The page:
What is Orchestrate?
Orchestrate is a managed database service that delivers a single access point to full-text search, time-ordered events, geospatial and graph queries through a REST API. It allows developers to build complete apps or add features to existing ones fast, without the operational burden of deploying and managing multiple databases themselves.
Orchestrate is a tool in the NoSQL Database as a Service category of a tech stack.
Who uses Orchestrate?
3 companies reportedly use Orchestrate in their tech stacks, including Prattle, Farmers, INC, and StartupCommunity.org.
Why developers like Orchestrate?
Here’s a list of reasons why companies and developers use Orchestrate
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- Time-series Events
- JSON Object Store
- 3x Data Replication
- Daily Backups
- 24 x 365 Support
- HTTP/REST Based API
Orchestrate Alternatives & Comparisons
What are some alternatives to Orchestrate?
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With it , you can offload the administrative burden of operating and scaling a highly available distributed database cluster, while paying a low price for only what you use.
Cloud Firestore is a NoSQL document database that lets you easily store, sync, and query data for your mobile and web apps - at global scale.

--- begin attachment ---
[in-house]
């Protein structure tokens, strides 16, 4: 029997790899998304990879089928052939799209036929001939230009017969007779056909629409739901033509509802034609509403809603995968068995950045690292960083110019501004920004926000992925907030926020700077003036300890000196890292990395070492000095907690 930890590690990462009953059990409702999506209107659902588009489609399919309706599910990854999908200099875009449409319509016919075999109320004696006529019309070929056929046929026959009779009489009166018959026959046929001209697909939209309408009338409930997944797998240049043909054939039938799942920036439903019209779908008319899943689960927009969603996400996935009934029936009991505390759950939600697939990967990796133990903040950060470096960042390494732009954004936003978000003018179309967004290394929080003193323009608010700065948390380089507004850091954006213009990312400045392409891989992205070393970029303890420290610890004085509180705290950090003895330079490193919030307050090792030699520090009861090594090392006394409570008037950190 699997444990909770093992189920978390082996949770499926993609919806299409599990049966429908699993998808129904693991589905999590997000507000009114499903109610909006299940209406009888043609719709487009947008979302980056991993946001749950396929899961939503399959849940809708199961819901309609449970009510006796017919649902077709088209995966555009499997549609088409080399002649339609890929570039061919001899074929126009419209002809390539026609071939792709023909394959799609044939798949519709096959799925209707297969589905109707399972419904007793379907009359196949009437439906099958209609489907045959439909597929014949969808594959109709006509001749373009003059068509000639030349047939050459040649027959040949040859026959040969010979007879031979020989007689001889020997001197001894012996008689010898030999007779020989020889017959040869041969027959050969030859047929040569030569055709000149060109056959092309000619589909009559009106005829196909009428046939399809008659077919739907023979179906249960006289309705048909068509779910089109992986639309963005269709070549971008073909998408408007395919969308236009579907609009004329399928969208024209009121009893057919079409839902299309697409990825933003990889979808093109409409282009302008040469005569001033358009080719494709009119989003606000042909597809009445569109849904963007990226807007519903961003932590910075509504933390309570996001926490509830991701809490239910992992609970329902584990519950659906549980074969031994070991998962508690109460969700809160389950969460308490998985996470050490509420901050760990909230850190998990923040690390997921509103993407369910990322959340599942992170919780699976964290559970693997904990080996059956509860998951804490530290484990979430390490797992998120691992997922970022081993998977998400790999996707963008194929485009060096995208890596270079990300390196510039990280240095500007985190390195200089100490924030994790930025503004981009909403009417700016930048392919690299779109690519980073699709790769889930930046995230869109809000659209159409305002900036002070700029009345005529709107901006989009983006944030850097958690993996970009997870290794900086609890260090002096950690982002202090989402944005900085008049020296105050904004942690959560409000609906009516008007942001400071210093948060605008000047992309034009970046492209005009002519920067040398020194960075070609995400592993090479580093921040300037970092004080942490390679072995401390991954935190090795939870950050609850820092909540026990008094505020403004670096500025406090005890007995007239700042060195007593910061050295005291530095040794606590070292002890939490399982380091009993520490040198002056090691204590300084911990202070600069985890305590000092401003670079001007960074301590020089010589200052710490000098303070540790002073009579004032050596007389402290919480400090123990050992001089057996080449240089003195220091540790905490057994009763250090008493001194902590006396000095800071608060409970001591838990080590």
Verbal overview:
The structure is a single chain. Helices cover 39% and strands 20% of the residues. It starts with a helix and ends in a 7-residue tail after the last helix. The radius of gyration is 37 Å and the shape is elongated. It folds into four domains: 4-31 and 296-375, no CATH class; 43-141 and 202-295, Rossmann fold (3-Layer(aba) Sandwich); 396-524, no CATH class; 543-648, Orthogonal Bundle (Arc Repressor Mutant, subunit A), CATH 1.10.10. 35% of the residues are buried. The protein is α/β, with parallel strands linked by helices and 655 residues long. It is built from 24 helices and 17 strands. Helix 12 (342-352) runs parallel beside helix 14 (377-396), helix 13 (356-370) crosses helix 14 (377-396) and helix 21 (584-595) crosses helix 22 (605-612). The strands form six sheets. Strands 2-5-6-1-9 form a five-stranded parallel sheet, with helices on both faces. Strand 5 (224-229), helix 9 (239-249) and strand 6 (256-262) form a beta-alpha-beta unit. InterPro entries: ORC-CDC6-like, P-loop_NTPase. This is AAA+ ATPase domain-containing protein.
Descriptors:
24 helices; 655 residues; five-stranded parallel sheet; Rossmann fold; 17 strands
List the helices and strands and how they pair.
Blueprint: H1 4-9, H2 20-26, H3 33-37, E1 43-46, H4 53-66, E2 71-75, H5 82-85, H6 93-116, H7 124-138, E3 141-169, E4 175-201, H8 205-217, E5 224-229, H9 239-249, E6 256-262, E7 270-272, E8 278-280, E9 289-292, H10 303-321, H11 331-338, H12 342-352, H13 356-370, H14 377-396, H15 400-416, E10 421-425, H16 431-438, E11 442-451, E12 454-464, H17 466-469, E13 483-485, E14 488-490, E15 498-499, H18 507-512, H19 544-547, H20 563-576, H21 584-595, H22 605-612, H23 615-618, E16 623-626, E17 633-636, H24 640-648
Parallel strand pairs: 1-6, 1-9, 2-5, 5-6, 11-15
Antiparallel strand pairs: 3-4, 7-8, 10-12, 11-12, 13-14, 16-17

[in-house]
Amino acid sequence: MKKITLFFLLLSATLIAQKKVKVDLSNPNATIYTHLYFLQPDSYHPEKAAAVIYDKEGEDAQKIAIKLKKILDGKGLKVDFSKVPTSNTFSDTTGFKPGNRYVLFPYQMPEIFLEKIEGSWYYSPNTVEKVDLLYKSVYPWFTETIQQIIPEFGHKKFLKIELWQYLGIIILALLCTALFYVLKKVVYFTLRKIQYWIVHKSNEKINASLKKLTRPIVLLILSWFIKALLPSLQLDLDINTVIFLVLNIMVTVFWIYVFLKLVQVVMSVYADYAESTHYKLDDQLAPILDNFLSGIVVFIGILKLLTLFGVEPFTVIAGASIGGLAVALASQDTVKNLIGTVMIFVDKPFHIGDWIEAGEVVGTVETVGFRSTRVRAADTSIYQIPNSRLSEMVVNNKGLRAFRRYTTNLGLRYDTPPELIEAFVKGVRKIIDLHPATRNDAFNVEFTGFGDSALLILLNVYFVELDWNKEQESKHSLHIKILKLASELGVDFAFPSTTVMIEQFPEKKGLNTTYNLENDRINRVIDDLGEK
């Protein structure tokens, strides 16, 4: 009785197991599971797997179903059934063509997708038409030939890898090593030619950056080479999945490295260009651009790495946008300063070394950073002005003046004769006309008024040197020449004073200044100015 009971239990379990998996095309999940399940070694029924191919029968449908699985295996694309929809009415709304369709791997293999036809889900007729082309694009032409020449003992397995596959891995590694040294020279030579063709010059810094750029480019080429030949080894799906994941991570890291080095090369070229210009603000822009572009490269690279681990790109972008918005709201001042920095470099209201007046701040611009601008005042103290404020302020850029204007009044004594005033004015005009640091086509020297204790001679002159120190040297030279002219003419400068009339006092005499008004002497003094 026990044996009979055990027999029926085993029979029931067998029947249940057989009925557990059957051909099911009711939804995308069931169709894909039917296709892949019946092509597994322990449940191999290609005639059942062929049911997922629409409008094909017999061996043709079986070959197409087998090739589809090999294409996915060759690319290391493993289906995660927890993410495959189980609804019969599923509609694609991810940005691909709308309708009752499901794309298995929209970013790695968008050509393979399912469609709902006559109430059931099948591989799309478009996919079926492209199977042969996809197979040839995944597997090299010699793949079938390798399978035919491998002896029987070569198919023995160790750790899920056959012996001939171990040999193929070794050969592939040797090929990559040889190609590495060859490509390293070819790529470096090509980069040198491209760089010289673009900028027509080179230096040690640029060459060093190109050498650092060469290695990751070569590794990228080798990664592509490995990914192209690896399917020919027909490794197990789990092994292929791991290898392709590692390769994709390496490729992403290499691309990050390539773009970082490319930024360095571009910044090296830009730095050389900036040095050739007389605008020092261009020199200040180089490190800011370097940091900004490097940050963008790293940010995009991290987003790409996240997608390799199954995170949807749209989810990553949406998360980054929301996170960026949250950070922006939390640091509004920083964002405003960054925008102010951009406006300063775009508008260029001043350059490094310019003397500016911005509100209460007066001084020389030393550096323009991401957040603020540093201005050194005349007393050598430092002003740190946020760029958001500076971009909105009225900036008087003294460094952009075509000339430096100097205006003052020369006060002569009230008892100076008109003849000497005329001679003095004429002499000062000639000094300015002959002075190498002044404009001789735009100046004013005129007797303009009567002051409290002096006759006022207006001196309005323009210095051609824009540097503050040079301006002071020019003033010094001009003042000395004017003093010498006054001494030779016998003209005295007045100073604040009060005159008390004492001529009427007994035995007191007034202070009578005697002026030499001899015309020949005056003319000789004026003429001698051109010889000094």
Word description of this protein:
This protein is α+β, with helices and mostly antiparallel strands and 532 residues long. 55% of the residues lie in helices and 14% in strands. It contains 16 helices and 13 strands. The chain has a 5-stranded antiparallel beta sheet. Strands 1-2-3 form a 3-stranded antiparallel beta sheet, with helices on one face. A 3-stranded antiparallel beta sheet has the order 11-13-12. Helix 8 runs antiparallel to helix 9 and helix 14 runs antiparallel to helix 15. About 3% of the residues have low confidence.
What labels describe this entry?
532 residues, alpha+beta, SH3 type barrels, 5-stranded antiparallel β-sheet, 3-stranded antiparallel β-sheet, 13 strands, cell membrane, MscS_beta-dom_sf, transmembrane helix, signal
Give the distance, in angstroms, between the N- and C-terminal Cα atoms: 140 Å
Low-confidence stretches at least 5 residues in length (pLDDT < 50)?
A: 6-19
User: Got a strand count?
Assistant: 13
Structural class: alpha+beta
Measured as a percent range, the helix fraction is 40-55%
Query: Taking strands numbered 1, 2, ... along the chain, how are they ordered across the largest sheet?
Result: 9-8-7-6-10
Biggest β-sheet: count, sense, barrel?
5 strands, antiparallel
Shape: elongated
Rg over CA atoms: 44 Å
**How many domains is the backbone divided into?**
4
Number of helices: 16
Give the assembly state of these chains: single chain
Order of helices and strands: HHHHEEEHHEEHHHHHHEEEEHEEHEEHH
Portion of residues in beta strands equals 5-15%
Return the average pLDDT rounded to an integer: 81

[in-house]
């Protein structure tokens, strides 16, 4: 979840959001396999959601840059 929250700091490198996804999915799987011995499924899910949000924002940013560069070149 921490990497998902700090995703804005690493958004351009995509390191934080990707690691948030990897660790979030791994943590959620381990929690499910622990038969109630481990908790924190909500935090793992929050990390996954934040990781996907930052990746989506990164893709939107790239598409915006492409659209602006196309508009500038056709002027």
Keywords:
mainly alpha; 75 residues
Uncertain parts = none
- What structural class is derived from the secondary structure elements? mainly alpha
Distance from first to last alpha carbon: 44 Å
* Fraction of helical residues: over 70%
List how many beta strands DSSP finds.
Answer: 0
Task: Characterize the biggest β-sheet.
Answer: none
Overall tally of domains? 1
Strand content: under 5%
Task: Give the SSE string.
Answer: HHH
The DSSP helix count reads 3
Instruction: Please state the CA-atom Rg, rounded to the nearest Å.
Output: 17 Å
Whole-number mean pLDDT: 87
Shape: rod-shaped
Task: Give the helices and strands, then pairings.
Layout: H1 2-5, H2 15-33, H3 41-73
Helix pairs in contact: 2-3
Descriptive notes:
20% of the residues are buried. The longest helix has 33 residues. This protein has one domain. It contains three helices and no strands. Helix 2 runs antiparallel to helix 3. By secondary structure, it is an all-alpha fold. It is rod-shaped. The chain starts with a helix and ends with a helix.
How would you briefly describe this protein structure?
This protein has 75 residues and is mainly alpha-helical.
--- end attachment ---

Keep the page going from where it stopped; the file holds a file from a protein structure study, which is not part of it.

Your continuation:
Azure Cosmos DB
Azure DocumentDB is a fully managed NoSQL database service built for fast and predictable performance, high availability, elastic scaling, global distribution, and ease of development.
Google Cloud Datastore
Use a managed, NoSQL, schemaless database for storing non-relational data. Cloud Datastore automatically scales as you need it and supports transactions as well as robust, SQL-like queries.
Google Cloud Bigtable
Google Cloud Bigtable offers you a fast, fully managed, massively scalable NoSQL database service that's ideal for web, mobile, and Internet of Things applications requiring terabytes to petabytes of data. Unlike comparable market offerings, Cloud Bigtable doesn't require you to sacrifice speed, scale, or cost efficiency when your applications grow. Cloud Bigtable has been battle-tested at Google for more than 10 years—it's the database driving major applications such as Google Analytics and Gmail.